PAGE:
55. Mr. Jester,

    If the ICS is going to be judged by test scores, then all of the centers should be judged by test scores. If the unique challenges these students face is not consided, then all centers should be evaulated in the same way.
    The test scores for some of the centers are reported with the home school scores. The growth of those students is not evaluated in their actual setting, even though they spend the entire day at the center not at the home school. Some students never set foot in their home schools except to be tested.
    If the desire is that people trust and respect the measures that are being used, then everyone has to be judged by the same measure.

  56. Stan Jester

    CCRPI isn’t all test scores. “Beating the Odds” is a statistical analysis that compares a school’s actual performance on the College and Career Ready Performance Index (CCRPI) with the performance of schools with similar characteristics across the state. Schools that perform higher than similar schools are considered “Beating the Odds.”

    These schools were performing lower than a majority of other comparable schools across the state.

  57. What is so bothersome is how we have some unrealistic expectations of leaders who are being led by individuals who couldn’t even accomplish these goals themselves. The variables that we cannot control may never change, but the same way teachers are expected to differentiate instruction to fit the needs of our students, somebody, somewhere needs to reevaluate how we measure the effectiveness of our leaders.

  58. “Cere, I believe all the principals were tenured teachers. Teachers in Georgia, as you know, are tenured after 3 years and have some amount of protection. When teachers are promoted to principal, apparently they hold onto those protections.”

    Mr. Jester,
    Here’s a link to the correct information.
    http://www.pageinc.org/page/LegalFAQ
    Do administrators have tenure?
    No, except for those administrators who had acquired tenure prior to April 7, 1995, when administrative tenure was eliminated.
    So, administrators who have been in their positions for 22 years have tenure.

  59. There is not a comparable school to ISC in the state! Will someone, somewhere please come to the school and spend just a few hours there? I fear the answer is “no.”

  60. Stephen Green, Superintendent, DeKalb Schools

    sent via email
    Criterion #5 only applies to schools that were already on the focus or priority list. If they were on the list during the indicated time frame and then demonstrated the kind of growth/improvement to exit the list, then they would be removed from DCSD SBL Reorganization consideration.

    If they were not already on the list in the first place, then that criterion is not applicable.

  61. Hey, remember that if you feel passionately about this then you need to contact ALL of the BOE members. Just because you have stated a strong argument here doesn’t mean that the other BOE members have seen it.

  62. Just Sayin'

    Seems like we’re changing requirements on the fly; quote from release above: “School Based Leadership (SBL) Reorganizat…9 principals met all 5 requirements this year. Therefore, the elementary schools that will receive new leadership include: Dresden, Rock Chapel, Panola Way, Oak View, International School Center, Shadow Rock, Stoneview, Flat Rock and Snapfinger.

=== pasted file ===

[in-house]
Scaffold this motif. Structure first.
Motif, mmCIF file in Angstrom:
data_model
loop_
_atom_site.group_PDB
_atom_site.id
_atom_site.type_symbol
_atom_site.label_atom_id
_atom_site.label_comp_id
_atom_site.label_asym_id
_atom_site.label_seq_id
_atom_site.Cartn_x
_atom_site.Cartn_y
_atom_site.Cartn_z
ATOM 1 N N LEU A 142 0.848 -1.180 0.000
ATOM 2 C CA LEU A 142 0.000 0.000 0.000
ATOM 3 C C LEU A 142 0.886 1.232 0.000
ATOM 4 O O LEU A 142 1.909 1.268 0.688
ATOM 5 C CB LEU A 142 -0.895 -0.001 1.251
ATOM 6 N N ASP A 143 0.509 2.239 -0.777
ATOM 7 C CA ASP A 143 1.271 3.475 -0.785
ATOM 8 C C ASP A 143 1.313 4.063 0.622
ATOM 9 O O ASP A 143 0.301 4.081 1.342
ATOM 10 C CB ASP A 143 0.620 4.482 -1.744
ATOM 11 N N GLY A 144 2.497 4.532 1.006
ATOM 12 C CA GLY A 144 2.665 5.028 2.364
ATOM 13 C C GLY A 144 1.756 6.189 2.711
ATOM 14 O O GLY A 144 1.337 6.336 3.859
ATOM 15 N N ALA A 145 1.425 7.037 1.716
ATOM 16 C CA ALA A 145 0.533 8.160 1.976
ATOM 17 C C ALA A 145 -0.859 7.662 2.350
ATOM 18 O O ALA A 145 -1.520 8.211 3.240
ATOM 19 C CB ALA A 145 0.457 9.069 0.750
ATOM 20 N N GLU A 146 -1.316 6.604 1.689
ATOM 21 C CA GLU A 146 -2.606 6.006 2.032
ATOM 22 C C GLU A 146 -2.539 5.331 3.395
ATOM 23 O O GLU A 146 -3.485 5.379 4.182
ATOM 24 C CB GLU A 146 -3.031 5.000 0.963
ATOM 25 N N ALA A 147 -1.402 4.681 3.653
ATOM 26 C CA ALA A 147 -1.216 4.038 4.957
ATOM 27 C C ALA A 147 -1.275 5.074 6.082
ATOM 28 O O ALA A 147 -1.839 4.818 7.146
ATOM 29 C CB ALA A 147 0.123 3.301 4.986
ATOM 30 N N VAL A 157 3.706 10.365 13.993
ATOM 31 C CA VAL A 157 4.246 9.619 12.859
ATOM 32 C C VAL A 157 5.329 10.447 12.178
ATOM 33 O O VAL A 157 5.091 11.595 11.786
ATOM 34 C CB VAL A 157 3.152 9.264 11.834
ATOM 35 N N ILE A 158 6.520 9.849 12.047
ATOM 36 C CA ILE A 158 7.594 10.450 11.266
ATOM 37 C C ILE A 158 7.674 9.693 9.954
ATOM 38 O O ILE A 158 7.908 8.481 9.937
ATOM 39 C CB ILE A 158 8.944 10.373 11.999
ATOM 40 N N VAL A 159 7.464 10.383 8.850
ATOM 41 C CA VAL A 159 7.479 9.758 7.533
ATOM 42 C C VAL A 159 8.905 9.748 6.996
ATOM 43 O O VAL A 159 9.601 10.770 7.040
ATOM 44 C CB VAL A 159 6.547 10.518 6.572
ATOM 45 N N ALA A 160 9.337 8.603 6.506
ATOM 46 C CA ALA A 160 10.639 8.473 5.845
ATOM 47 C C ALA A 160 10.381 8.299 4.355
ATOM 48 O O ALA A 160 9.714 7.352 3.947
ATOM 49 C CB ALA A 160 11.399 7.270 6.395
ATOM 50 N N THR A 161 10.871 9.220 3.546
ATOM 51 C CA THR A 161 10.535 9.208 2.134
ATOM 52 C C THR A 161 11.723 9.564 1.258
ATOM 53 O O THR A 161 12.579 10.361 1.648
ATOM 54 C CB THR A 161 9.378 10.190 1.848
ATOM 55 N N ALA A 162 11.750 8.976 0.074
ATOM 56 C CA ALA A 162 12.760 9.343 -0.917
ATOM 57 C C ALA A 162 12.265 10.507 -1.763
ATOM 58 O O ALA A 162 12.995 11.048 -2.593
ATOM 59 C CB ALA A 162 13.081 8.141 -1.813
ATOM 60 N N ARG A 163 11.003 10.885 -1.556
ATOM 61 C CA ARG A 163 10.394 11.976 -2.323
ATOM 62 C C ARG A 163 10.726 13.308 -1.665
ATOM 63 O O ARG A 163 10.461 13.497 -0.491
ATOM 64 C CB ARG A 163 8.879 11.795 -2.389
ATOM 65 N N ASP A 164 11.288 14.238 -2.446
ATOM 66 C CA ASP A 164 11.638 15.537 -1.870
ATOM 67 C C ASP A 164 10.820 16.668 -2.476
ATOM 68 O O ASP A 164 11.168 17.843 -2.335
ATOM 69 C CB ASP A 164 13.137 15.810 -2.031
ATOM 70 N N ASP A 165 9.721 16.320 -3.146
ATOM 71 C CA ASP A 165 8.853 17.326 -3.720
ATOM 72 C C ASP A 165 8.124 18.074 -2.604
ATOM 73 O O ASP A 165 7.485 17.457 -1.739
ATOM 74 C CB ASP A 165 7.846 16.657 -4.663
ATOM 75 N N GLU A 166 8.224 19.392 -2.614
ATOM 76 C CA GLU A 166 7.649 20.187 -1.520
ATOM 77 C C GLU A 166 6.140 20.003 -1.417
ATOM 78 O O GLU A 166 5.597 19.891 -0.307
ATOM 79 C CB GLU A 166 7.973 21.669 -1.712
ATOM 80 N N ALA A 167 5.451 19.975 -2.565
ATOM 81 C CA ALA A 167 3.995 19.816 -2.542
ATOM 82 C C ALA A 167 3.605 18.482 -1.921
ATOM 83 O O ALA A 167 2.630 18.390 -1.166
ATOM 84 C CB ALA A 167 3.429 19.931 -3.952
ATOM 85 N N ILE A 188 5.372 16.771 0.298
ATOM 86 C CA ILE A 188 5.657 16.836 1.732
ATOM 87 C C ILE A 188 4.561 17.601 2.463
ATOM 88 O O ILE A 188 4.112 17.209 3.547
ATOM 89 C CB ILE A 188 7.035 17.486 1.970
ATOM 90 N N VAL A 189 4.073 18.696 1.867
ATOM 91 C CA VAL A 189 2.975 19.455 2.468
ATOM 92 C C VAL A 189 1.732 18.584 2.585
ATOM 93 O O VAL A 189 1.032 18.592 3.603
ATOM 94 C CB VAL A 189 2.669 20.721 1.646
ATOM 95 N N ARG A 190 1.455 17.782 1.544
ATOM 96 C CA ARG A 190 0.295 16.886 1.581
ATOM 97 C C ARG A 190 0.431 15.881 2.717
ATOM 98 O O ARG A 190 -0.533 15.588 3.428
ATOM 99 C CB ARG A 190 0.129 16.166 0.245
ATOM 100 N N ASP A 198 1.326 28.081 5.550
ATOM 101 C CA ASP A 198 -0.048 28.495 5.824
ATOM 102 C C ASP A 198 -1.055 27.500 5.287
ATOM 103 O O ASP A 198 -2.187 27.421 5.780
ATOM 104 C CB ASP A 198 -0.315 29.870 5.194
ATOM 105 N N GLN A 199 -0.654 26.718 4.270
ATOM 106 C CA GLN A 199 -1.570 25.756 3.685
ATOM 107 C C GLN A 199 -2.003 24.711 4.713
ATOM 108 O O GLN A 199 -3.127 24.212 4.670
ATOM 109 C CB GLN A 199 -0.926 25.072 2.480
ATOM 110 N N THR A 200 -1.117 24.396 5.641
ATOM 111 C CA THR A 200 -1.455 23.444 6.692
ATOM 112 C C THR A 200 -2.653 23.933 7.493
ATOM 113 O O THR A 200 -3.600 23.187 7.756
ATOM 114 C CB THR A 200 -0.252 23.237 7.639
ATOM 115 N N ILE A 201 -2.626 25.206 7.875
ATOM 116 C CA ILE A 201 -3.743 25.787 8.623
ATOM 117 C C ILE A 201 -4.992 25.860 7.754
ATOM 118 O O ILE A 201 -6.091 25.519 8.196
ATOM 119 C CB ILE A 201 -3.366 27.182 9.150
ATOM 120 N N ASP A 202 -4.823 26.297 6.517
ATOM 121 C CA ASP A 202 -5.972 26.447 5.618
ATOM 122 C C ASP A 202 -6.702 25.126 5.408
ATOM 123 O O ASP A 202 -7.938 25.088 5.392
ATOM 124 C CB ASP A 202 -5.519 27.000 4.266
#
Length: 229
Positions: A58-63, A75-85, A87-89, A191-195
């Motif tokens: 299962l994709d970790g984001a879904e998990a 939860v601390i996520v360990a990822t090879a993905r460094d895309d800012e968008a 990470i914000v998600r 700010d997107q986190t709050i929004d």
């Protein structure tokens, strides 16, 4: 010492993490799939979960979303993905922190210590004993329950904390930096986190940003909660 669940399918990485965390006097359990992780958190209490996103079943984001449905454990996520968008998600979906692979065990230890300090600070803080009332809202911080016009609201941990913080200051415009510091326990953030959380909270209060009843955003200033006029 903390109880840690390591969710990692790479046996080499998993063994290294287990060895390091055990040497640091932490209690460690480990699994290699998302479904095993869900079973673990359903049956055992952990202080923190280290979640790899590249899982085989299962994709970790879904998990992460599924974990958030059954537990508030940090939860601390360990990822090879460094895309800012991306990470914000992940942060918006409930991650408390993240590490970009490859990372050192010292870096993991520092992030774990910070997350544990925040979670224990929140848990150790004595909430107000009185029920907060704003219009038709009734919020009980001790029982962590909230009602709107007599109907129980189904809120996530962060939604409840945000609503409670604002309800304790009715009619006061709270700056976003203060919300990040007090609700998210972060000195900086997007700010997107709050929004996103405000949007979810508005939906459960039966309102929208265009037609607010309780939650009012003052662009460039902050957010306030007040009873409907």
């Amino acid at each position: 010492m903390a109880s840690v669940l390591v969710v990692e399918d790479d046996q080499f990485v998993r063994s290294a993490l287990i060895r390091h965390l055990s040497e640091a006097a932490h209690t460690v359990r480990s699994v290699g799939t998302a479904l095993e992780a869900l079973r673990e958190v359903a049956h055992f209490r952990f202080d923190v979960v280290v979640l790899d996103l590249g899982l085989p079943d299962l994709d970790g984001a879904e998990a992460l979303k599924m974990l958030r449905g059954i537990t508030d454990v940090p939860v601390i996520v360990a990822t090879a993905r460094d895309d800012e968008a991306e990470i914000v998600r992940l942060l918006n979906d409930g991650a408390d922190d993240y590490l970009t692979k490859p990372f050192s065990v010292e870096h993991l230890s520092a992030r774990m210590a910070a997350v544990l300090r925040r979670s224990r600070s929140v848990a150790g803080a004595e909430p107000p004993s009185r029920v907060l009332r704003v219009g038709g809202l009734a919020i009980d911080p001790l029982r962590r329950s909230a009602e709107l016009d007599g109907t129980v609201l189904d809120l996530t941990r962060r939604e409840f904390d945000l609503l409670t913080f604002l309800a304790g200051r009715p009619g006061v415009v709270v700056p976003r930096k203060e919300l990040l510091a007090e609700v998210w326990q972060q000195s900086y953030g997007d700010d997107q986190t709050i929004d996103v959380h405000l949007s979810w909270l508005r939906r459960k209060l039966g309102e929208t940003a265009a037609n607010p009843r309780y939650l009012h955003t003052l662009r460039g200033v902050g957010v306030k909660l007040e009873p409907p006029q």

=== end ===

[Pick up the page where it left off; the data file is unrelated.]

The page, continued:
Rationale was not that some met 4 criterion, some me 5 criterion…9 MET ALL FIVE CRITERION.

  63. Stan Jester

    This isn’t the school district’s announcement, it is my communication to the public about what is going on. The lack of clarity on Criterion #5 is on me. I’ve edited my article for clarity.

  64. Just Sayin'

    Not on you Sir…AJC article makes clear reference to five crieterion being met as the justification for reassignment of Principals…

  65. Stan Jester

    I sat down with Superintendent Green for an hour to go over a number of things including these criterion. I didn’t pick up on that nuance and messed up that part of my article. The district’s message was, “The SBL process rates the leaders of all DCSD schools using five indicators”. The AJC didn’t mess it up as bad as I did.

  66. The International Student Center did NOT receive adequate support from the District Office. Region 1 has an Interim Asst. Superintendent, Interim Coordinator, and Interim Secretary.This has been an ongoing issue for over a year. How can an Interim Regional Superintendent that has never led a school be of support to The Student International Center. Dr. Segovis did not receive adequate support and does not fit the criteria as set forth by Dr. Green. So, why was he reassigned?

  67. Stan Jester

    Don’t forget about the board meeting on Monday. Robert R. Freeman Administrative Complex, 1701 Mountain Industrial Boulevard, Stone Mountain, GA 30083.

    2:00 PMeboard link icon Work Session Agenda
    5:30 PM – Public Budget Input Hearing
    5:45 PM – Public Comment
    7:00 PMeboard link icon Business Meeting Agenda

  68. I do believe that if the principal of Kittredge magnet school moved to one of these schools, student performance would increase to an acceptable level within a year. This is K-5 we are talking about, not very high content classes. Similar to the low HS graduation rates across the district, I am saddened we can’t do better for our students. Something needs to change.

  69. “Criterion #5 only applies to schools that were already on the focus or priority list. If they were on the list during the indicated time frame and then demonstrated the kind of growth/improvement to exit the list, then they would be removed from DCSD SBL Reorganization consideration.”

    Dr. Green,
    Flat Rock Elementary meets your above statement. Flat Rock was removed from the Focus list in 2015. Based on your statement, Flat Rock and Dr. Phillips should be removed from the SBL Reorganization consideration.

  70. Wasn’t Dr. Segovia district principal of the year in 2013? Would like more clarification on how he dropped so much in performance in just 4 years? His reassignment is hard to understand.